Monday, December 10, 2012

From the Christmas Archives - No Rope

I posted this childhood story last year but I am posting it again for those who missed it last Christmas and for those who enjoyed it and want to read it again.

Did I ever tell you about the time we forgot to bring rope to the Christmas tree farm?

It is a favorite family story, at least for my family. I think it causes my husband anxiety.

The story begins with a van load of kids and two parents driving about a mile from our house to a nearby Christmas tree farm. Living in Oregon you end up passing multiple tree farms on a quick trip to Costco. It seems that any farm land left has trees growing on it. Most of these trees are actually cut down at the end of November and sent south, where Californians pay a crazy amount for a real live noble fir. I will be one of those crazy Californians this year.

Anyway, the family, including the six teenage foster kids that lived with us at the time were all walking through the muddy tree farm looking for the perfect tree. (There seems to be a theme to my Christmas tree stories.)

We looked at trees that looked perfect on one side but had a huge hole in the back. It always reminded me of a big civil war era hoop skirt tucked into a girl's pantaloons in the back.

We looked at trees that were too tall or too short. Someone started grumbling, most likely my dad. Someone started whining, probably me but since this is my blog I'll blame my little brother.

Finally the good enough tree was found and cut down. Again, there were people kneeling down on coats and a few choice phrases uttered as the handsaw got caught in the tree trunk. The wet needles flickering drops of water on everyone nearby as it is carried back to the car.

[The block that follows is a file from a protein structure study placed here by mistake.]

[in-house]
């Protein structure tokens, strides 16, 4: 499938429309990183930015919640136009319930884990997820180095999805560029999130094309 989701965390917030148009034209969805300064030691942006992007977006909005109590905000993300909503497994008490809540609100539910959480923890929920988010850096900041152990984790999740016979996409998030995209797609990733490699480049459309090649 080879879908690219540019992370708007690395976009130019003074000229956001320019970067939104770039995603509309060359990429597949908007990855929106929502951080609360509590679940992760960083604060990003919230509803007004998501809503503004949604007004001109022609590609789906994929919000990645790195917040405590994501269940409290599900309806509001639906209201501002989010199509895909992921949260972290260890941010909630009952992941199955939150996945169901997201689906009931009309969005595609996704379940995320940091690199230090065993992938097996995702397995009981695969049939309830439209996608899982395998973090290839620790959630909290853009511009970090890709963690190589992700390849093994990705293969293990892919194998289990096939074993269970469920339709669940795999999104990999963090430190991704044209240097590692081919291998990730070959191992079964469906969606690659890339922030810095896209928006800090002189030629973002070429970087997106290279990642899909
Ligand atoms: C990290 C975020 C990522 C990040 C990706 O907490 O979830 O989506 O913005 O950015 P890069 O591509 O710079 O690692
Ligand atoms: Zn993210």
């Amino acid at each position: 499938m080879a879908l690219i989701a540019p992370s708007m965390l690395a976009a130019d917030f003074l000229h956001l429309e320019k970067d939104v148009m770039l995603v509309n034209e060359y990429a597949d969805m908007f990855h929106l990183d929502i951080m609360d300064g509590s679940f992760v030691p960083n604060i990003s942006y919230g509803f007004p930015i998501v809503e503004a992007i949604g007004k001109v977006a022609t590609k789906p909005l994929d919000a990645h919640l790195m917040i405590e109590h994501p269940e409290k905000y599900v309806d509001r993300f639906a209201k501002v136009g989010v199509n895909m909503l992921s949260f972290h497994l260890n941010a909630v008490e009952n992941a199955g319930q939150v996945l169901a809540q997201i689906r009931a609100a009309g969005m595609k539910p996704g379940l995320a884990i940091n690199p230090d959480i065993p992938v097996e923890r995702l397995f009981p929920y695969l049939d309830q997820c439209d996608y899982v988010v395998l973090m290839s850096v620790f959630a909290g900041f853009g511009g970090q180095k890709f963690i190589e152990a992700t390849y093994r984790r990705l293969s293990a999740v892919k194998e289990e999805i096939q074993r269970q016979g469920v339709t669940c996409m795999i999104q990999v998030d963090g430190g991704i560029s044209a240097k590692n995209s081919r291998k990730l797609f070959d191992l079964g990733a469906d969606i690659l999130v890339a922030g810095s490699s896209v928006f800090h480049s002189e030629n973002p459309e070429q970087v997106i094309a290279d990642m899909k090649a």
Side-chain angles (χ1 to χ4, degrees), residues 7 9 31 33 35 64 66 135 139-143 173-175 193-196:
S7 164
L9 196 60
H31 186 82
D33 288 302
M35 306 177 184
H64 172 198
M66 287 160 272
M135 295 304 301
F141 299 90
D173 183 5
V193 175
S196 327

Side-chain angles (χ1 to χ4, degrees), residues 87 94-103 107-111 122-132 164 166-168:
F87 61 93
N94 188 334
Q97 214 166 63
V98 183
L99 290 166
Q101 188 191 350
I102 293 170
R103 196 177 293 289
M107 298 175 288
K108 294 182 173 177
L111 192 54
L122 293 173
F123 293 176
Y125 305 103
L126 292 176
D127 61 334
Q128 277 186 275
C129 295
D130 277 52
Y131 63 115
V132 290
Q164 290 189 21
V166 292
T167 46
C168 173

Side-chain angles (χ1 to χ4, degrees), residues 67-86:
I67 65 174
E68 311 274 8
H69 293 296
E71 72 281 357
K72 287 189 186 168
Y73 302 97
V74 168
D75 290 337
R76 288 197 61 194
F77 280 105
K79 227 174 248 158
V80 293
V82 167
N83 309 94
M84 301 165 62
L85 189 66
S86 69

We, and by we I mean the grown ups and my big brother, finally get the tree on top of the van ready to be tied down.

But there is no rope.

And here is where my memory gets foggy because I would assume that the tree farm had string. The fancy tree farm we took our kids to when we lived in Oregon had string. They also let you preselect your tree in September before the California trees were harvested. And then they cut the tree down for you on the day you preselected for pick up. Maybe our childhood tree farm was not that fancy.

So we had the tree on top of the van but nothing to tie it down. And here is where my family becomes the Griswolds because the solution they found was to have my big brother lie on top of the tree, on top of van, holding on to the luggage rack, while my dad drove the van full of the rest of the family home.

Seriously. We drove a mile or so with a Christmas tree and my brother on top of the van.

We love this story. It is the essence of my family. Pragmatic and determined. Safety conscious...not so much.

I think the image of one of our boys on top of the van may be why my husband does not like that story.

Because truthfully, left  in the same situation, I might try it. Hockey Boy is pretty strong.

Update - (I posted this link on my Facebook page where my brother read it. He confirms the story except for me forgetting to mention the rain and cold. Longest mile of his life he wrote.)

Can you please help settle a debate between the kids who lived this story and the spouses who are slightly (or more) horrified by this story. Was this a horrible thing for my parents to do? Or a funny Griswold type moment? 


  1. Slightly horrified. I can't imagine putting one of kids on top of the car and driving down an actual road! But it sure makes for a good Christmas story!

  2. The Griswolds forgot the chain saw, not the rope. Even they did not put a child on top of the car's roof. So, it was only a mile for your brother to ride on top of the tree. I think most people would be just slightly annoyed about the two mile round trip they would have to make to get the rope, or the distance to the drive thru Starbucks and back. I am amazed at how lovely my wife turned out though.